Francisco de Goya

Maja and Celestina (Maja y celestina)

Maja and Celestina (Maja y celestina)
Datos Generales
Cronología
1824 - 1825
Ubicación
Private collection
Dimensiones
5.4 x 5.4 cm
Técnica y soporte
Watercolor on ivory
Reconocimiento de la autoría de Goya
Undisputed work
Titular
Private collection
Ficha: realización/revisión
04 May 2010 / 28 Jul 2017
Historia

On 20 December 1825, Francisco de Goya wrote a letter to his friend Joaquín María Ferrer, with whom he had spent time in Paris, in which he commented that the previous winter he had been working on a series of miniatures, totalling around forty pieces, painted on ivory.

Not all of these pieces have been located. It appears that some of them were taken to Spain by Javier Goya after his father's death, where they would have been sold, possibly by Javier or by his son, Mariano, to different collectors. Six pieces were sold to Luis Portilla, of Madrid: Maja and Celestina, Three Men Drinking, Man Smoking a Cigar, Man Looking for Fleas in his Shirt, Six Madmen and A Monk Preaching. Edward Habich, from Cassel, acquired nine: Judith Decapitating Holofernes, Susanna and the Old Men, Man Delousing a Little Dog, Bust of an Old Beggar, Monk Talking to an Old Woman, Man Eating Leeks, Two Boys Looking at a Book, A Prisoner on the Ground with his Hands Bound and A Mother and Four Children. Records state that another four miniatures were sold at the Hôtel Drouot auction house, Paris, on 22 February 1937, to an anonymous buyer. Those pieces were Woman with Clothes Blowing in the Wind, Woman Kneeling in the Dark, Two Moors and Boy Scared by a Man. Another two miniatures were sold at Sotheby's of London in 1963, from the collection of Sir William Stirling, in Keir, Scotland. They were Half-Naked Youth Reclining on a Rock and Seated Majo and Maja. Three further works were brought to light by Xavier de Salas. Two of them were published in 1974. These came from the collection of Juan de Muguiro and were Man's Head and Heads of a Boy and an Old Woman. The third one, Man in Despair before a Dead Child, was published in 1979.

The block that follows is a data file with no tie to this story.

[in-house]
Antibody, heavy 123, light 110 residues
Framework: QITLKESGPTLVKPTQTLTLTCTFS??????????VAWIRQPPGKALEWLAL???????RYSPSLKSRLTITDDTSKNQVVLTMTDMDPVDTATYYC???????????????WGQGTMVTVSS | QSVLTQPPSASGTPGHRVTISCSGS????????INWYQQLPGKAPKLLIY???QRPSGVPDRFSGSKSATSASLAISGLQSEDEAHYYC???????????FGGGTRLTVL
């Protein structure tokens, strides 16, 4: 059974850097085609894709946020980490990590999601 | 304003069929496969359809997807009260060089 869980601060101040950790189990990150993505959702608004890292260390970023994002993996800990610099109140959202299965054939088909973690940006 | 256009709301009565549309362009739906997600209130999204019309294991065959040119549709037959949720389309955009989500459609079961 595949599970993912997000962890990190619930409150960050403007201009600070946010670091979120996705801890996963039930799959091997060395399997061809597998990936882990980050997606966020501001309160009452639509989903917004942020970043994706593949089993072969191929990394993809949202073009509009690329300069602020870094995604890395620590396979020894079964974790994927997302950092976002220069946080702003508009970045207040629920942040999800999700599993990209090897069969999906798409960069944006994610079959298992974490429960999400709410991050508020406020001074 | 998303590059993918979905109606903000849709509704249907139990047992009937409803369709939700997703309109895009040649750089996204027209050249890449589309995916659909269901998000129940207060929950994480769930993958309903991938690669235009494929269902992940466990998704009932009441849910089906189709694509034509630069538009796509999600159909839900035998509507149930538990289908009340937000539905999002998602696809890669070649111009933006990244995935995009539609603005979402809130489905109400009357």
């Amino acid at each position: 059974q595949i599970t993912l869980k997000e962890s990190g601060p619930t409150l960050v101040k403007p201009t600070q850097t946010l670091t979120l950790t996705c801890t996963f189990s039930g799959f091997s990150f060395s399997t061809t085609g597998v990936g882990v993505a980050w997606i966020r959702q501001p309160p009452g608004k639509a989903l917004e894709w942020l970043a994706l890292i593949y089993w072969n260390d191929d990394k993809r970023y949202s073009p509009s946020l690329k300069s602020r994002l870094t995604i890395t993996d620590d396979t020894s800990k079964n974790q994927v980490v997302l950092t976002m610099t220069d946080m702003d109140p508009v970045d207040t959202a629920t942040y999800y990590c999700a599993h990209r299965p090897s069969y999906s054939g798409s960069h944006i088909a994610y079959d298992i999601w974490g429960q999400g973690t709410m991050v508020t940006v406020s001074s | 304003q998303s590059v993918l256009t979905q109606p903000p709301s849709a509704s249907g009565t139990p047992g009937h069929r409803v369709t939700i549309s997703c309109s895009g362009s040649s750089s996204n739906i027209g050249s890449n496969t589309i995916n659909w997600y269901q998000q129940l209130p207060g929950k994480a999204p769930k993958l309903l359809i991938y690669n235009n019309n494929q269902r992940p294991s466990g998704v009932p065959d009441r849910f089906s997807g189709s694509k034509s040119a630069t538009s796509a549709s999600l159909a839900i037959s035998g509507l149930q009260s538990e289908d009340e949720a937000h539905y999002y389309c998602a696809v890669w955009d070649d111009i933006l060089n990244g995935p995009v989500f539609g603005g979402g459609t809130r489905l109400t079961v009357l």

The authorship of all of these pieces is not easy to determine since some of them have disappeared and are now only known through photographs, or sometimes not even that (in which case they have not been included in this catalogue).

This particular miniature belonged to the collection of Don Luis Portilla. The owner put his miniatures up for sale in Madrid on 16 February 1880. This piece later went to the collection of Sir Kenneth Clark, in London. Today it is in another private collection.

 

Análisis artístico